How to Plant a Peach Tree?

Like any garden variety plants, planting trees requires the same amount of nurture and feeding as traditional plants until it is well enough to stand on its own. Many people love to grow their own fruit trees because the food is free and more delicious than the produce found at your local grocery store. Although there are different varieties of peaches and peach trees, there are two basic ways to start growing a peach tree in your yard or tree farm. The peach tree can be bought as a young plant from a farmer’s market, or you can plant the pit of a peach in the ground and water it, waiting for it to germinate. The survival rate of a tree purchased as a young plant is a little bit higher than starting from scratch, but either way provides enjoyment and the thrill of watching it grow. In a few seasons, you will have fresh peaches from then on each year. If you have the time to plan ahead, it is recommended that you prepare the soil for the tree one to two season ahead of time. It is also recommended to buy a soil test kit when you are ready to plant the tree. This will allow you to test the ph balance of the soil and make sure the right amount of nutrients are present in the soil. These test kits are available from garden shops and at the home and garden section at your local store. Preparing the soil ahead of time is the best way to ensure that your plant will grow up to be a healthy and vibrant tree.

The planting area for the tree should be five feet in diameter, and the hole for the seed or the new plant should be about ten to twelve inches deep. Cover up the hole by tamping the soil gently with a spade, then water it. After about a week, fertilizer should be added, and again about a month later. Check on the plant often, and water as needed. A mild pesticide can be used if necessary, and this will also ward off potential plant sicknesses such as leaf curl, a disease which the peach tree can be particularly vulnerable to. It may take a few years for the tree to bring forth its fruit, but it will be worth the wait. Many people grow peach trees for a living, and there are vast resources both online and offline which can instruct you further in the proper care and nurture of young fruit trees, especially in their developmental years. The main things to watch out for are pests and diseases, and be sure to give the young plant extra water during any dry seasons. A well cared for plant can survive the coldness of the winter months with relative ease, and in a tropical or subtropical environment, this will be a complete non-issue. Hundreds of books have been written on the many different species and hybrids of peaches and peach trees, so the resources are vast. Probably the most important factor in the survival and well being of your peach tree is the soil. If the nutrients in the soil are inadequate, the roots will not grow properly. This can be supplemented with the proper fertilizer and plant food available from the home and garden section of your local store, or at farmer’s markets. The best prepared soil beforehand will provide the adequate nutrition for the pit or the young plant, and with a little time and patience, you will begin to see the tree emerging as a young, green, healthy plant.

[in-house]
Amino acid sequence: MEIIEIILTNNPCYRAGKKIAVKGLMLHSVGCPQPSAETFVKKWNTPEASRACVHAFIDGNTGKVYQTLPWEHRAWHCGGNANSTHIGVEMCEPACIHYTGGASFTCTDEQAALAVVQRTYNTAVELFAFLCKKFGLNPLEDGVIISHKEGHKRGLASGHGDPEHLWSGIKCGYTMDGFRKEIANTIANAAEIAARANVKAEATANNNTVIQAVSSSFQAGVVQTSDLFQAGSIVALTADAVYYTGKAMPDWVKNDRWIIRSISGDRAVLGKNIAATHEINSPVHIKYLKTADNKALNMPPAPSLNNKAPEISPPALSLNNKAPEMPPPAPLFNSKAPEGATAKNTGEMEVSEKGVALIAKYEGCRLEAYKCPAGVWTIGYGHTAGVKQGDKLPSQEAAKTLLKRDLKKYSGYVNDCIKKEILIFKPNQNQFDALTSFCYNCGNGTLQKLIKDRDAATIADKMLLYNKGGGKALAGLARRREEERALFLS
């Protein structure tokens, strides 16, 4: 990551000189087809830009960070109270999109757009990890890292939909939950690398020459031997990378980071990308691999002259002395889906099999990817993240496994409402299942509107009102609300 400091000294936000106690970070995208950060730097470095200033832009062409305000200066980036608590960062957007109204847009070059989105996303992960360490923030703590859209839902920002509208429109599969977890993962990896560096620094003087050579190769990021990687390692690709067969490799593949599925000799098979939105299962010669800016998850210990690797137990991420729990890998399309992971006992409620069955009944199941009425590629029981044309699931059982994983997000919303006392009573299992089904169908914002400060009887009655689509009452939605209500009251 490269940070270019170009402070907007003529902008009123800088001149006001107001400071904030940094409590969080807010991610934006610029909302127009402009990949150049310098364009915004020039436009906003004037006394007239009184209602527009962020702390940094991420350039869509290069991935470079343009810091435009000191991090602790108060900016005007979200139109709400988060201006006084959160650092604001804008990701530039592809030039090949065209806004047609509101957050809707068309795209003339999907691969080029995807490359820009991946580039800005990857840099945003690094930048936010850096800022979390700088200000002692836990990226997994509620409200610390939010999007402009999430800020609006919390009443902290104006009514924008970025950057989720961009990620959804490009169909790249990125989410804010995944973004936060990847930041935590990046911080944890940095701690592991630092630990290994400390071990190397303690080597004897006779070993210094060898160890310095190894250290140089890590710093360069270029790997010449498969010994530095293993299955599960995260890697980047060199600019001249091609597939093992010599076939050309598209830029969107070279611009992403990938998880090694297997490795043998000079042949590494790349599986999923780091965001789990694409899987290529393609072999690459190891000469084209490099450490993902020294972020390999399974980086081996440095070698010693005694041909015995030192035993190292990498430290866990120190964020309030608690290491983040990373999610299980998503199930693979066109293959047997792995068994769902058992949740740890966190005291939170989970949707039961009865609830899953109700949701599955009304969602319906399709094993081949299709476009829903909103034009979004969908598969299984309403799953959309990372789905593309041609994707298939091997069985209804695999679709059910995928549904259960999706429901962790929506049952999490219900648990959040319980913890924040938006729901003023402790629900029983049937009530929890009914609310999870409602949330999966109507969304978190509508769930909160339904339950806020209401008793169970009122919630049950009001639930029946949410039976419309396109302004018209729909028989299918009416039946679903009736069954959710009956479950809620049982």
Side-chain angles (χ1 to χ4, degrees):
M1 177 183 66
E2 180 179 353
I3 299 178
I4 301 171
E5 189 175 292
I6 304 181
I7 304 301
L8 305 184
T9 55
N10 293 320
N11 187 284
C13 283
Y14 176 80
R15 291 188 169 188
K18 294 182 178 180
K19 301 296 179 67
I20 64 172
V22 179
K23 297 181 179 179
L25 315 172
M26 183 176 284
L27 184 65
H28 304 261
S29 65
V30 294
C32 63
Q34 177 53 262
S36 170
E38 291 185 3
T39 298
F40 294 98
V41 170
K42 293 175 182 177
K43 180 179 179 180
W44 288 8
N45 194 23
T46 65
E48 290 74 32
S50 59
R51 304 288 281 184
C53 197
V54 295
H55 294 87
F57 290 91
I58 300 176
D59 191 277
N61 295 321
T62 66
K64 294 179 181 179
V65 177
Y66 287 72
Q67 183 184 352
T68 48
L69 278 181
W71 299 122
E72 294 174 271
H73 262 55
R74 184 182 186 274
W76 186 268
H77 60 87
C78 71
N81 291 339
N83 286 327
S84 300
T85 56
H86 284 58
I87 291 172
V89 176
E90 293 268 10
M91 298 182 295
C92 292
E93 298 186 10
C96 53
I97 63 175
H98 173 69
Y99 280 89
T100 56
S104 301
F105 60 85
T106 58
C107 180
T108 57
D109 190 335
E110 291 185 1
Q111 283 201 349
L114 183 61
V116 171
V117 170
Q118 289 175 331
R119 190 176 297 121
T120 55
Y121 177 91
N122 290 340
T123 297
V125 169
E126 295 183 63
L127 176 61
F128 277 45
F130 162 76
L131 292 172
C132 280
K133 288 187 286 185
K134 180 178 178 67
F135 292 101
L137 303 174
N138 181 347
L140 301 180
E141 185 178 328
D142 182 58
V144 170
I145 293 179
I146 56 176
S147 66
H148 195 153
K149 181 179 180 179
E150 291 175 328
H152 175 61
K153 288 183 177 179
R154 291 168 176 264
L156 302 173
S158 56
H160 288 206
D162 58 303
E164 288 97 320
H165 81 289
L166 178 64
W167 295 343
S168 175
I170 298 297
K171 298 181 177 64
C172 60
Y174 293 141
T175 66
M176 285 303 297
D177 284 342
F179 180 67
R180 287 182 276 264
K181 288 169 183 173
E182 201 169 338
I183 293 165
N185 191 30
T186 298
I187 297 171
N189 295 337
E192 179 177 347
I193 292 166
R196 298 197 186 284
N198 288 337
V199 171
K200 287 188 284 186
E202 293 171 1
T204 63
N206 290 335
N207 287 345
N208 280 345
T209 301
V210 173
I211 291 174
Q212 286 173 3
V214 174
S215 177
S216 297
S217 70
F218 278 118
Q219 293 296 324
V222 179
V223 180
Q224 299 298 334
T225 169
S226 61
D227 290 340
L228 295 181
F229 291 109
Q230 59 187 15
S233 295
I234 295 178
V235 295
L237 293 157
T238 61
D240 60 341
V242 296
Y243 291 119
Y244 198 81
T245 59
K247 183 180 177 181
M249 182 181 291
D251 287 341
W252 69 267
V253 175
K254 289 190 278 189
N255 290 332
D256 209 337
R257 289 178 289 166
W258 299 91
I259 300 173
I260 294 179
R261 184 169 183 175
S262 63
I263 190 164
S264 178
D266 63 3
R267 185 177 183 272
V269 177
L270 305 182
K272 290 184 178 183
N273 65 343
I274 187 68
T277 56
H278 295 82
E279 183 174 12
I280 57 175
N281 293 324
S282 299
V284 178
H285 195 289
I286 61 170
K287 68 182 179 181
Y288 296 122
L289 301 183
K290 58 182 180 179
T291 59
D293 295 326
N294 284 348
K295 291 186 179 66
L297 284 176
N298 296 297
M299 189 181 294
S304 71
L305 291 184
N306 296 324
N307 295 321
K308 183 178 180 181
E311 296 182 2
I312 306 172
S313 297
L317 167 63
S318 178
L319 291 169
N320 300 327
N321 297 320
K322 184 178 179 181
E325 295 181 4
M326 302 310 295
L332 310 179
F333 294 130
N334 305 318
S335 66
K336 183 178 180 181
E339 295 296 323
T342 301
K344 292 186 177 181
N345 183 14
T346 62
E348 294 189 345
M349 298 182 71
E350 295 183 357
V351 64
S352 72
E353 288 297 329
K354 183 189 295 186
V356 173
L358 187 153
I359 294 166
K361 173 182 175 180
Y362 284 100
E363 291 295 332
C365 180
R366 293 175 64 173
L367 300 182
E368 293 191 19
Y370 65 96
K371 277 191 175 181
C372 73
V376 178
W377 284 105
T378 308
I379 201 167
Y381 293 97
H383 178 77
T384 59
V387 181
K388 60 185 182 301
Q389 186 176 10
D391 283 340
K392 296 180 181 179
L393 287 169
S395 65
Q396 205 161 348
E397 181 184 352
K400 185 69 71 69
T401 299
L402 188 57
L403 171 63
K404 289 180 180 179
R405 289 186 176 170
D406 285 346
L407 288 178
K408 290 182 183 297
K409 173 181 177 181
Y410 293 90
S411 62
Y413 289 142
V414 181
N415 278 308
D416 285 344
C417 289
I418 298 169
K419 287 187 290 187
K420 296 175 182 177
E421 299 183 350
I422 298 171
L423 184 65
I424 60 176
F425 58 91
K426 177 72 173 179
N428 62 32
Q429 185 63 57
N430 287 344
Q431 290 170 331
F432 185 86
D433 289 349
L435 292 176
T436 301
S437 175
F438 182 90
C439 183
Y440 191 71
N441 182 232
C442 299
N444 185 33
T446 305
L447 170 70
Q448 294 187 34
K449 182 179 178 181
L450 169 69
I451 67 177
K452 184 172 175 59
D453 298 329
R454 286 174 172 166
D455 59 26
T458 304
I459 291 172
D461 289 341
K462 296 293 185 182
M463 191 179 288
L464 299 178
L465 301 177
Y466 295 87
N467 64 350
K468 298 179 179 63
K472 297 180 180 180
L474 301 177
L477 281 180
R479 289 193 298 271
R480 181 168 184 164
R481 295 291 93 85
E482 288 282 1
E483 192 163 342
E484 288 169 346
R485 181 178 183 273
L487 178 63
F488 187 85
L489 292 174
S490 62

Author: Neil

Neil Wardlow has been writing professionally since 1989. Neil discovered he enjoyed writing when he suffered an injury during his 15-year building construction career. Neil now writes full-time, whenever he’s not occupied with entertaining family and friends, growing things, or making repairs in and around his beautiful ranch house.

2 thoughts on “How to Plant a Peach Tree?”

  1. Hi Neil! Great article, I enjoyed reading it.

    We’ve had a bit of a nightmare with a peach tree we’ve had for several years and was just about starting to ‘bear fruit’. But one of the kids managed to take off its fledgling head with a football and it looks pretty much done for. I’m wanting to replace it before our mum gets back from holiday in a weeks time. Do you know whether it’s possible to buy a peach tree a little older than the young ones from small garden centres, which can then be replanted elsewhere? Any advice you could give would be great. Can email me on

    All the best

  2. Hi Mntaylor 1!  Did you find a replacement tree before your mum arrived home from her holiday?  From your manner of speech, I take it you live in the UK.  If you lived in the USA, I would recommend contacting a local peach grower or your local conservation office to see if they have any older trees that can be replanted.  The other alternative would be to purchase an older tree from a nearby nursery.  Most of the trees for sale in garden centers are very young saplings.

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